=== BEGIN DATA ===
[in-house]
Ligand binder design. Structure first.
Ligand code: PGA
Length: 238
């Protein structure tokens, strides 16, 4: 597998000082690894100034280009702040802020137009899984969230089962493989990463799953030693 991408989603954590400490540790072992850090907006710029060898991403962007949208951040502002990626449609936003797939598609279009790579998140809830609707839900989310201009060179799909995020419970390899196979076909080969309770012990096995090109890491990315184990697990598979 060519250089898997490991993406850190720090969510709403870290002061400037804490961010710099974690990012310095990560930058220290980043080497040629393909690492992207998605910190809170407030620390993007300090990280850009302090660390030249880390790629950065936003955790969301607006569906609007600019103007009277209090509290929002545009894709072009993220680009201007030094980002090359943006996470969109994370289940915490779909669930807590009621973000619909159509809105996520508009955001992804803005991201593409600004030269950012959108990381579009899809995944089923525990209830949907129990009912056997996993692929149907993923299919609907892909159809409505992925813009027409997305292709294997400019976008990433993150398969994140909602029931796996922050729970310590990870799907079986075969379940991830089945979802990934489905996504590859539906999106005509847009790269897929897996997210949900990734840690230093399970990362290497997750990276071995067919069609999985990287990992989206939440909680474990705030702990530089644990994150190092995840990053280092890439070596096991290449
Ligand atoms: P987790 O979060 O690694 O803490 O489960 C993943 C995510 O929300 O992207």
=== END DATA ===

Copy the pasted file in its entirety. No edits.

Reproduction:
[in-house]
Ligand binder design. Structure first.
Ligand code: PGA
Length: 238
């Protein structure tokens, strides 16, 4: 597998000082690894100034280009702040802020137009899984969230089962493989990463799953030693 991408989603954590400490540790072992850090907006710029060898991403962007949208951040502002990626449609936003797939598609279009790579998140809830609707839900989310201009060179799909995020419970390899196979076909080969309770012990096995090109890491990315184990697990598979 060519250089898997490991993406850190720090969510709403870290002061400037804490961010710099974690990012310095990560930058220290980043080497040629393909690492992207998605910190809170407030620390993007300090990280850009302090660390030249880390790629950065936003955790969301607006569906609007600019103007009277209090509290929002545009894709072009993220680009201007030094980002090359943006996470969109994370289940915490779909669930807590009621973000619909159509809105996520508009955001992804803005991201593409600004030269950012959108990381579009899809995944089923525990209830949907129990009912056997996993692929149907993923299919609907892909159809409505992925813009027409997305292709294997400019976008990433993150398969994140909602029931796996922050729970310590990870799907079986075969379940991830089945979802990934489905996504590859539906999106005509847009790269897929897996997210949900990734840690230093399970990362290497997750990276071995067919069609999985990287990992989206939440909680474990705030702990530089644990994150190092995840990053280092890439070596096991290449
Ligand atoms: P987790 O979060 O690694 O803490 O489960 C993943 C995510 O929300 O992207």